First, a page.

SCIOSCIA: I think there were a number. It's tough to say one. Although at the time it held the lead, which we eventually did surrender for a little while, the play that Chone [Figgins] made in center field probably equalled the play he made back in southern California at third base off of Matsui. But that's huge, to cut the inning off right there, hold the lead, get us a chance to score some more which they took the lead next inning but it could have been much worse. So that's one play.
I think from the Yankees side, the play that Cano made at second base off Figgins that turned the double play was a play where we could have gone up probably and had a six- or seven-run lead by the end of that inning, and that was a huge momentum swing. They came back and scored right in the next inning.
I think Figgy's two-out hit that got us the lead was important because now we had our bullpen guys in there trying to hold the lead instead of just trying to bring a game close.
I don't know if I can narrow it down any more than that. I have to pick one out of those three or what? (LAUGHTER)
Just pick any one of those and make something up, we're OK.
I already made it up.
SCIOSCIA: All right. Good.
I'm not sure if you've seen any of the other series, but can you give me your assessment of the White Sox and their ease in the first round?
SCIOSCIA: Well, there's no ease involved. Those games were, I think outside of Game 1, those games were nip and tuck the whole way.
I haven't analyzed those series very thoroughly because of the work that we have in front of us. But we'll look at them and we'll break it down if we're fortunate enough to get past these guys and get to Chicago, we'll look at those games and see what is happening.
But right now, there's not a lot that we're looking at past tomorrow's ballgame.
You had a lot of guys on track offensively last night, how important is that knowing that you can relax now and it's not a situation where you have 0-for-8s and 0-for-12?
SCIOSCIA: It's big. I don't think we're going to get this done without a guy like Garret Anderson, has been swinging well the whole series, Darin Erstad, [Vladimir Guerrero]. We're not going to get it done without these guys swinging the bat and doing what they can. And it was good, too. It was good to see.
We're going to do what we have to do. If they weren't swinging the bats, it's going to put more pressure on our pitching staff, which has been the case most of the season. We're here because of the way our guys pitched, and it's good to see some continuity coming off the offensive end which we started last two weeks of the season. It's good to see it materialize here in a big game, and it needs to keep going. We did a lot of things last night that reminded us of what happened in 2002, and that's encouraging.
You were just talking about how important Bengie is, and now he'll be a free agent and there will be some competition from the New York teams, can you emphasize how important he is for you guys?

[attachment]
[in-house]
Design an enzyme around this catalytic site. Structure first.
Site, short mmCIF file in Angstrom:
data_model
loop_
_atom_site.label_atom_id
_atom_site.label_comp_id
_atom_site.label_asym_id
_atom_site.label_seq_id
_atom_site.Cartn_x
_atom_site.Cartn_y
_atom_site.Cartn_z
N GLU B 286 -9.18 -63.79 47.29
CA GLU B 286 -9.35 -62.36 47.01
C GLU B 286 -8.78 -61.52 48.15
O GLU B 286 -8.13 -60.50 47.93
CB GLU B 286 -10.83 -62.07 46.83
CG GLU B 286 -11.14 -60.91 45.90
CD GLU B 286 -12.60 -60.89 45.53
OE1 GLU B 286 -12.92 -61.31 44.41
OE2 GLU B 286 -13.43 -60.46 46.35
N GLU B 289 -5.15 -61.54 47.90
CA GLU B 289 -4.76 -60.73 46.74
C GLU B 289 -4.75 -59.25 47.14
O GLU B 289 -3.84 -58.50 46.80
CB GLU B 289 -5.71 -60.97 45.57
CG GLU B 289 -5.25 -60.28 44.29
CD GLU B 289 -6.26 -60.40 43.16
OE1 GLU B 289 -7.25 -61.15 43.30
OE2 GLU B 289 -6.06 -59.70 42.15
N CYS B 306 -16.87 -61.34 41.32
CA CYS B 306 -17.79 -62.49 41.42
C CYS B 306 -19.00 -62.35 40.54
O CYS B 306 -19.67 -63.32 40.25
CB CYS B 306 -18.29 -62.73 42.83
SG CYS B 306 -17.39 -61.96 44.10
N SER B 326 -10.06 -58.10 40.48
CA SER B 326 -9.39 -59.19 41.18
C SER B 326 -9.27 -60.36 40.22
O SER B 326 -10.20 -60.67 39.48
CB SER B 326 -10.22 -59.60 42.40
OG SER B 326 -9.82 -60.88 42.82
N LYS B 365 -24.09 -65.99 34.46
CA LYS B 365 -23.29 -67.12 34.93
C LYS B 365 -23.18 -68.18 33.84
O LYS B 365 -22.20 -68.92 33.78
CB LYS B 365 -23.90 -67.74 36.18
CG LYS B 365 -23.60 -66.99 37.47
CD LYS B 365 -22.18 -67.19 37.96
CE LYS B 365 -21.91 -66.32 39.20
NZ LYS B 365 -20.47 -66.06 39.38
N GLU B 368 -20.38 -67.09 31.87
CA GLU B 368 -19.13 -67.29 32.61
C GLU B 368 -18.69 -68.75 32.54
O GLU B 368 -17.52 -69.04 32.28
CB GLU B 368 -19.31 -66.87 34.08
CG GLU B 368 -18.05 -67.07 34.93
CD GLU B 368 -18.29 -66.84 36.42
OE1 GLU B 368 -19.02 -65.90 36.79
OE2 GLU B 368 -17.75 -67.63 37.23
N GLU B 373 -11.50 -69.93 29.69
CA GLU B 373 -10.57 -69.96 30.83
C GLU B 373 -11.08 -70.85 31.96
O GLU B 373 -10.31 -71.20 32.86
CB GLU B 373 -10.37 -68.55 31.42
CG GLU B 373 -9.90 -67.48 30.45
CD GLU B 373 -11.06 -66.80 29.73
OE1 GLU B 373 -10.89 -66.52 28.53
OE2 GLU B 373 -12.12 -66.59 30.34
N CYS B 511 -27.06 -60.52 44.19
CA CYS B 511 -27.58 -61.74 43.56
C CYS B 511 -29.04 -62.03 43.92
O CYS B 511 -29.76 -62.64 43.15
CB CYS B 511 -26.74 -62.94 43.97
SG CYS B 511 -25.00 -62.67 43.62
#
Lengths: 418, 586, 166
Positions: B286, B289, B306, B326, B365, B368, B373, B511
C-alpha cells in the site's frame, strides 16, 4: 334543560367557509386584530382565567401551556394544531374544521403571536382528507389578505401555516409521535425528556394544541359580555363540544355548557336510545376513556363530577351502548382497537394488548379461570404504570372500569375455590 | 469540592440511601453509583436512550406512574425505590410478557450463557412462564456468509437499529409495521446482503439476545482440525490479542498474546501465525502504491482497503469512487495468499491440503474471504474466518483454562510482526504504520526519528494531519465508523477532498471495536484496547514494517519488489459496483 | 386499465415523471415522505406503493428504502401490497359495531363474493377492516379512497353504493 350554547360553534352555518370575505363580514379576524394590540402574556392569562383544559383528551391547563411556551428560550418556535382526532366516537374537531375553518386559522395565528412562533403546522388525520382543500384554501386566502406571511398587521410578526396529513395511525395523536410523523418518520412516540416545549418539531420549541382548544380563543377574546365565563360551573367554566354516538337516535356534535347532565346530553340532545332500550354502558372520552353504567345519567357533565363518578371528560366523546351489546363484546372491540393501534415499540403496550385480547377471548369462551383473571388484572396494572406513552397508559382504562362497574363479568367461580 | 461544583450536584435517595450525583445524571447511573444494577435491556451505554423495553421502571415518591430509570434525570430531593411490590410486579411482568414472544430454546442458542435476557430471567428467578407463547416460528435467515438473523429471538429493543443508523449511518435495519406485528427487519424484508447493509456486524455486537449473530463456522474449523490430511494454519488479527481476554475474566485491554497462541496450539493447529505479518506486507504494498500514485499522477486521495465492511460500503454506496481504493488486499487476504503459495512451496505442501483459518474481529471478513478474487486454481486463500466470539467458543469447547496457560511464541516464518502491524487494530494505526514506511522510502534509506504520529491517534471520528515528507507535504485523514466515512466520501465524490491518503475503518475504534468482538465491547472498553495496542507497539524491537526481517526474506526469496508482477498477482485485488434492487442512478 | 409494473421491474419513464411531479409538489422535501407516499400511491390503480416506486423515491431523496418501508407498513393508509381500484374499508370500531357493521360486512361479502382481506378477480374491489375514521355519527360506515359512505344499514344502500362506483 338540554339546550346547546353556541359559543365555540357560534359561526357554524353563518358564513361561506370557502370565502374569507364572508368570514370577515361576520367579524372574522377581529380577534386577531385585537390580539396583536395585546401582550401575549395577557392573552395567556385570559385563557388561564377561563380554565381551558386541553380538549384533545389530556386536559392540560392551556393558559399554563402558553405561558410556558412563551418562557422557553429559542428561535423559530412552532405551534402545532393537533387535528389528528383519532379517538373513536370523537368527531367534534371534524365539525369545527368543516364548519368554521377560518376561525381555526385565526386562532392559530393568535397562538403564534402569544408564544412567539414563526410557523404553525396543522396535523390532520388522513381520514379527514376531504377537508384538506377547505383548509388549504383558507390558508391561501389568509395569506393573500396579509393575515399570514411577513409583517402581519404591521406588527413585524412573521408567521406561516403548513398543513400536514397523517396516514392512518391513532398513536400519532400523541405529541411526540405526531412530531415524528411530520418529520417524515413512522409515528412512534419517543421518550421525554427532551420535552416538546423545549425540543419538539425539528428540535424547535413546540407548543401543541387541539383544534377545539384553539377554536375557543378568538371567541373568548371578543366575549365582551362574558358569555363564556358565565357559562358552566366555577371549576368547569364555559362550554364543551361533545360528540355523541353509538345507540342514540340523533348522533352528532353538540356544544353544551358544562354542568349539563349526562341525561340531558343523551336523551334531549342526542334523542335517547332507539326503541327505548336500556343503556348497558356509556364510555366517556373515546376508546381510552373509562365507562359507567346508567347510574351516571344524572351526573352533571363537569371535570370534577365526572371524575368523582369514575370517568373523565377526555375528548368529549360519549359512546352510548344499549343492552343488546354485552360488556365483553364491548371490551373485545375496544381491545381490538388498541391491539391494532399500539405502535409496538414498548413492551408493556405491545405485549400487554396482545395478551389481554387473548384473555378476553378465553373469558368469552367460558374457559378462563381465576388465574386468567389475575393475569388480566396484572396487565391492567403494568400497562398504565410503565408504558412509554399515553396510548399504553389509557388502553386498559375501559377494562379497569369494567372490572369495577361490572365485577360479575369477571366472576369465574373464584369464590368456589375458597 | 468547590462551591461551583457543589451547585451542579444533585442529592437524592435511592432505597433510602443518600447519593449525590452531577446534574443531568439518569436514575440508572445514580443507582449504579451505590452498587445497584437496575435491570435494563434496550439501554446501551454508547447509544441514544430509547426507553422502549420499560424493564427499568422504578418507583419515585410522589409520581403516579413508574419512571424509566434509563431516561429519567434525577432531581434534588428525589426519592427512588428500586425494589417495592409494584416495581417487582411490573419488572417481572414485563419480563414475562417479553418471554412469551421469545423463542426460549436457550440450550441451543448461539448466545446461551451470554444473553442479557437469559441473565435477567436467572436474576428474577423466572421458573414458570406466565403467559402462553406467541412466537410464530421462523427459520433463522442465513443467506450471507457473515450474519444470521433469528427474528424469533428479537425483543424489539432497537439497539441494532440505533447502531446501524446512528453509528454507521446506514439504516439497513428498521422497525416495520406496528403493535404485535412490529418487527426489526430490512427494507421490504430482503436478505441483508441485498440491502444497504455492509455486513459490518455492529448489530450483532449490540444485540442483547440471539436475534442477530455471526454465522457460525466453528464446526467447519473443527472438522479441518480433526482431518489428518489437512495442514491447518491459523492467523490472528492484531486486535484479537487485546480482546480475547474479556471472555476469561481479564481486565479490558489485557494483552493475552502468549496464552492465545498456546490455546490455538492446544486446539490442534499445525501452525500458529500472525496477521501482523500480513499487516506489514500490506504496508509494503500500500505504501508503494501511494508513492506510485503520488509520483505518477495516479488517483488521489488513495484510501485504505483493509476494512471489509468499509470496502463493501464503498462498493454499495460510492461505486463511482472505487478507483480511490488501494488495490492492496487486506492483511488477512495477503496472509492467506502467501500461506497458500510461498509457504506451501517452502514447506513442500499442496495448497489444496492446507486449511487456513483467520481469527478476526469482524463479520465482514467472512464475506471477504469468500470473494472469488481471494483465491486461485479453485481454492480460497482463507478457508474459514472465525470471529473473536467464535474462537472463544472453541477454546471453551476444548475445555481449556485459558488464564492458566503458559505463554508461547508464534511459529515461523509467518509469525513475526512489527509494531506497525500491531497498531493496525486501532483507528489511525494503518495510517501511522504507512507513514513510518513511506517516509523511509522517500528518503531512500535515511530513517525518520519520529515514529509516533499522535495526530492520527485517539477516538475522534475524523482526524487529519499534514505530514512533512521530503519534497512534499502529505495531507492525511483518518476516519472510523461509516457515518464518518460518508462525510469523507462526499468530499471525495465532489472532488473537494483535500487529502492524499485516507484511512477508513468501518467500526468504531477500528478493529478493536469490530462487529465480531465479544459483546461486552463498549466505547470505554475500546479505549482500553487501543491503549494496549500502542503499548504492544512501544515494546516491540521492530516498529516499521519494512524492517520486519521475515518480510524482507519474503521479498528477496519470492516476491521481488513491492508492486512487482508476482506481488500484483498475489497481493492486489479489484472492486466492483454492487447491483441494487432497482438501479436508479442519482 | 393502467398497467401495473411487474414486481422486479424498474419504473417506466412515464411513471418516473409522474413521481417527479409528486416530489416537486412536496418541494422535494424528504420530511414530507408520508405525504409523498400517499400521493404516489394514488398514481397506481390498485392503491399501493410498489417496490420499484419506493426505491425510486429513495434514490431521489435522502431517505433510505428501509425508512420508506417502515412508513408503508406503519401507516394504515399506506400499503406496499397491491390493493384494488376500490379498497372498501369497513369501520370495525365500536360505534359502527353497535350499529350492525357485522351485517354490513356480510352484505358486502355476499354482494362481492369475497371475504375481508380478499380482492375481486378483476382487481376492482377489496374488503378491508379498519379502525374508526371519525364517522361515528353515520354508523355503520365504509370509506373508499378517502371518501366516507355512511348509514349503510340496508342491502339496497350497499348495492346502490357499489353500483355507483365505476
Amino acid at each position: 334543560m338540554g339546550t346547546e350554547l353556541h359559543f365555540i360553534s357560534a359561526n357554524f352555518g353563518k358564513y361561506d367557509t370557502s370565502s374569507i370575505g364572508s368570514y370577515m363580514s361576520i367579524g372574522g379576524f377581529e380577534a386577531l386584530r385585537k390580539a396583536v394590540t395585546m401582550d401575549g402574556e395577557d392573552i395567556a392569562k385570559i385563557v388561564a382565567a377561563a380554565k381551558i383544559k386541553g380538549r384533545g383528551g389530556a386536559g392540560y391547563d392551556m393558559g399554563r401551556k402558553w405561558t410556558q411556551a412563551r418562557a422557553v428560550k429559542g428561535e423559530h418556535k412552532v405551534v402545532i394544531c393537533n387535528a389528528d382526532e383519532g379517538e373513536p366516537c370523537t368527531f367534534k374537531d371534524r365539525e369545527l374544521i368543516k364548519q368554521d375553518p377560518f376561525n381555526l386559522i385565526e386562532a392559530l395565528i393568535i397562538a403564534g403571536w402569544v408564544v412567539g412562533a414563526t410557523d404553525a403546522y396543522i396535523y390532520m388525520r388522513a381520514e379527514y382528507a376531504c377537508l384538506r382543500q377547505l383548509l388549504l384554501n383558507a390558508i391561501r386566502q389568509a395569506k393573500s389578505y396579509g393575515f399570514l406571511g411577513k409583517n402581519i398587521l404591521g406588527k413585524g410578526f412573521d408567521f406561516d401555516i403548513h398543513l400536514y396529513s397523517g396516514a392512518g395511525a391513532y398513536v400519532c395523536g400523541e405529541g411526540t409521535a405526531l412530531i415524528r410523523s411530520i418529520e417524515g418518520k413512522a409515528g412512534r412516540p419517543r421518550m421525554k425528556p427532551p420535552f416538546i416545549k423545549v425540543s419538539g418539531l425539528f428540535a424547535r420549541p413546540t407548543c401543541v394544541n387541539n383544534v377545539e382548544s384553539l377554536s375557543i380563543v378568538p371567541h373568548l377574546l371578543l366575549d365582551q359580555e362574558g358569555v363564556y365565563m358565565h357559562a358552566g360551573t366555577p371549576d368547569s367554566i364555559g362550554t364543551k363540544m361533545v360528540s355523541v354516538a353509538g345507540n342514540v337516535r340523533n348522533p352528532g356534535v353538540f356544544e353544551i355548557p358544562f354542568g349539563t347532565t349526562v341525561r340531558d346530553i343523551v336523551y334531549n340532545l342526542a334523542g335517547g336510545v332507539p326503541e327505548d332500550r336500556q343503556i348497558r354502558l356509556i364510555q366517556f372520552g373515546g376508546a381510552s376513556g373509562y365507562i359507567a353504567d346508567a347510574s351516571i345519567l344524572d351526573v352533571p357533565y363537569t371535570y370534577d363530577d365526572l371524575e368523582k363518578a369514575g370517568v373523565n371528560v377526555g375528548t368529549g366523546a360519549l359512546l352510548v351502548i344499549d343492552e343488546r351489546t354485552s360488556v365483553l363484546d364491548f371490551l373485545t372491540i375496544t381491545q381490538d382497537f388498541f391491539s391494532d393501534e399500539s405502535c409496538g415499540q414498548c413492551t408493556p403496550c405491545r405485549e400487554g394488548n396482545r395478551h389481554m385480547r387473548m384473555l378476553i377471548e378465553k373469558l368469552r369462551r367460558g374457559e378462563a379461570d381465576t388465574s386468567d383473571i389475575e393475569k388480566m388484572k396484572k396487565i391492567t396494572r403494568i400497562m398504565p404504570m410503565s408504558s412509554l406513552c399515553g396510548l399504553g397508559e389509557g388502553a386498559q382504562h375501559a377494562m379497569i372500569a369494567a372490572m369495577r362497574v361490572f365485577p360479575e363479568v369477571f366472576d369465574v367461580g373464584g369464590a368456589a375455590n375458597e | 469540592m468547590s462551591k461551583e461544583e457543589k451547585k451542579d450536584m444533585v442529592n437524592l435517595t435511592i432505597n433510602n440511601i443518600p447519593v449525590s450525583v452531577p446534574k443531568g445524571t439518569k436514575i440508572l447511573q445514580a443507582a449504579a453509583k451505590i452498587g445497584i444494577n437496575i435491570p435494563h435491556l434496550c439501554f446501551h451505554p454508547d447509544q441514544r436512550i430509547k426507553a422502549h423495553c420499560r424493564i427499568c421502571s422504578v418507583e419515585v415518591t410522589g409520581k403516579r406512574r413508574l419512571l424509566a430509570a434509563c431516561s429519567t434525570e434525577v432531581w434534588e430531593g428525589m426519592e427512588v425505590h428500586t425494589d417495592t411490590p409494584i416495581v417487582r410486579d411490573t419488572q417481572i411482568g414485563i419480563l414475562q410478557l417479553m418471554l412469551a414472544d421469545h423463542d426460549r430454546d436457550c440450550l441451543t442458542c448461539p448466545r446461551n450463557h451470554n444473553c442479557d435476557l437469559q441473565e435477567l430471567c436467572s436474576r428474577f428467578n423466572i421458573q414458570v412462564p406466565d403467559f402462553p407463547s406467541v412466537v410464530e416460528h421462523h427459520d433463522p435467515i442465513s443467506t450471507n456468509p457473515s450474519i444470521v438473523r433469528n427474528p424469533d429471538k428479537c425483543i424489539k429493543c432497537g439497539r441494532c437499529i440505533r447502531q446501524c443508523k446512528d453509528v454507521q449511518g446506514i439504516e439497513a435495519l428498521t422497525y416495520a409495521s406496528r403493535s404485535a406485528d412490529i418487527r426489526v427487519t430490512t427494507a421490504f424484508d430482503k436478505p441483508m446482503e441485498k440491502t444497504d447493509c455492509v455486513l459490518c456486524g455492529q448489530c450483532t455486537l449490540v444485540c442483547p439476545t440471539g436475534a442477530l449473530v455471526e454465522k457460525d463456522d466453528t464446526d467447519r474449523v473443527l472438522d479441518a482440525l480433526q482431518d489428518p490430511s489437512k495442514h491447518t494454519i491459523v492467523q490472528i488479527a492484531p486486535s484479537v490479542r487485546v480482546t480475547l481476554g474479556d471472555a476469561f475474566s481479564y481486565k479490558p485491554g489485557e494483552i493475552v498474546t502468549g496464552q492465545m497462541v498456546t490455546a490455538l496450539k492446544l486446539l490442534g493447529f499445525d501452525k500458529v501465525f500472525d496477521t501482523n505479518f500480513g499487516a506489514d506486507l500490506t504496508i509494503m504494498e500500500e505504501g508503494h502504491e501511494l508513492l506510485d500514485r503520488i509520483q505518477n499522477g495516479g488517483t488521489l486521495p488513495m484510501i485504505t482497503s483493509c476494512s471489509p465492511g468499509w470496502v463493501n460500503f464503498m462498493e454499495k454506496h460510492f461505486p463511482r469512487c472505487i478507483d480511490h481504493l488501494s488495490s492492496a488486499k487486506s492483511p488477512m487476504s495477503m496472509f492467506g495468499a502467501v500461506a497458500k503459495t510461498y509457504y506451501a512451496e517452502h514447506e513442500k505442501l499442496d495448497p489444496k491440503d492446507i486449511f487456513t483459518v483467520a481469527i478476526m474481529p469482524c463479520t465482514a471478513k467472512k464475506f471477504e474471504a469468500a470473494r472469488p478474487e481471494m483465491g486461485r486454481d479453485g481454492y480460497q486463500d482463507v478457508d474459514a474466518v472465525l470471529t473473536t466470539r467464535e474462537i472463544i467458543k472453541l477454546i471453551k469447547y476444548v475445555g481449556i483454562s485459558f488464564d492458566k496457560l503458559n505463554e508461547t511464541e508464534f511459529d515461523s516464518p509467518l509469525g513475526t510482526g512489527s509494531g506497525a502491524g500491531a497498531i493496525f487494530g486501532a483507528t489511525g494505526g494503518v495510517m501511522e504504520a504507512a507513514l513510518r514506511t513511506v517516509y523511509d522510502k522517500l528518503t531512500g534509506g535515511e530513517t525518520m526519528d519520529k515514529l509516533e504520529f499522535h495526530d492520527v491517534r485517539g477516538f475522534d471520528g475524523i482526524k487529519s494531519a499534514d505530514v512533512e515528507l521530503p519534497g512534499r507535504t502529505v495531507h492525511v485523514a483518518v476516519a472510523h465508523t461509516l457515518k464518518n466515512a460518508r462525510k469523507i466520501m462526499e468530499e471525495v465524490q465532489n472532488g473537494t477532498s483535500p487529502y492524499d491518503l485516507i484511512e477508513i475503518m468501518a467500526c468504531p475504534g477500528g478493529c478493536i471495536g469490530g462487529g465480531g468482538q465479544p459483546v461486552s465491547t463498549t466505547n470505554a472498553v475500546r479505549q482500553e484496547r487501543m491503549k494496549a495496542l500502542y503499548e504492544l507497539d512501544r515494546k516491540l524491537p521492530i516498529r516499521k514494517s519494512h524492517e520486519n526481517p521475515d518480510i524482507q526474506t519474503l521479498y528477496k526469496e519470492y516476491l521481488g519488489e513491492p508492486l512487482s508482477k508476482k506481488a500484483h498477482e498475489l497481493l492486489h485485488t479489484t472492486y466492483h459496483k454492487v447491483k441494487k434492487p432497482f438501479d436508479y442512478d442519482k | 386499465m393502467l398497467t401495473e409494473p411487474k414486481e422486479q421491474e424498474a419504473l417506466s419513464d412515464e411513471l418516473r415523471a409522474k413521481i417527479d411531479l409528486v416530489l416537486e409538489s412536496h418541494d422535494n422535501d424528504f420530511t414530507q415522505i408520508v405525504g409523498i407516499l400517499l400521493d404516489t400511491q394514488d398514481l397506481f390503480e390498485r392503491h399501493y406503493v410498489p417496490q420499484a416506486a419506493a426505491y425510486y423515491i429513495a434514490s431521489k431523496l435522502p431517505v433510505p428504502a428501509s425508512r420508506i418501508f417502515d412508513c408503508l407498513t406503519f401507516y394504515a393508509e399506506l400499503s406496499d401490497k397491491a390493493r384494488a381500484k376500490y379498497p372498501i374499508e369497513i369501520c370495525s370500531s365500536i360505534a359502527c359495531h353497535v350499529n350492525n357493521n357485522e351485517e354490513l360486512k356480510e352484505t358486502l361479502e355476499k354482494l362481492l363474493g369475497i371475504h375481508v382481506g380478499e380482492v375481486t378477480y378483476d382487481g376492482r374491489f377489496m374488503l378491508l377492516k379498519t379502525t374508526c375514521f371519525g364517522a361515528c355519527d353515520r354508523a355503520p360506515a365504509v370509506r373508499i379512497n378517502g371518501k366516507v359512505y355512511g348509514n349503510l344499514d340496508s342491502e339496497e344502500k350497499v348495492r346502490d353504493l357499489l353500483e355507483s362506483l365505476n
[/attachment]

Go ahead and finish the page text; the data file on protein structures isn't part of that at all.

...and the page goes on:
SCIOSCIA: Bengie is a priority. I know that we know what he brings to our club and what he means to our club; whether that translates into a deal getting done you never know in baseball. There are a lot of guys that are very, very important to clubs that for whatever reasons move on to a better deal, a different situation, whatever happens. We hope that's not the case with Bengie, but at times the business side of this and that lore of free agency will make guys change teams.
So we're not focusing on that right now. I know Bengie is not. He's one of the best catchers in baseball, and he's had an incredible career with us and we hope it continues. But you never know what that horizon brings.
The plays that Figgins has made the last two games, game saving type of plays, how unique is it to have a guy who plays so many different positions, not just like a utility guy, but exceptional plays like that?
SCIOSCIA: He's a versatile player along the lines of a Mark McLemore, with 500 or 600 plate appearances with Seattle a couple of years ago and whenever they put him defensively he was terrific.
I don't know if I've ever seen a guy that has this ability to move around at positions and play them at such a high level defensively, and have it really just roll off his shoulders and not affect his offense at all. He just plays his game and keeps plugging away. That's a unique talent and he's our most valuable player, there's no doubt about it. We're not sitting here without what Chone Figgins has done this year for us, starting as our Opening Day second baseman when Adam Kennedy was rehabbing from knee surgery to at times being our every day center fielder, our third baseman. He started at six different positions and played positions, and that let's us make moves because of his versatility during games and has influenced games in our favor.
He's incredible. I've never seen anybody play at such a high level defensively and be able to move around as much as he can.
Courtesy of FastScripts by ASAP Sports. This story was not subject to the approval of Major League Baseball or its clubs.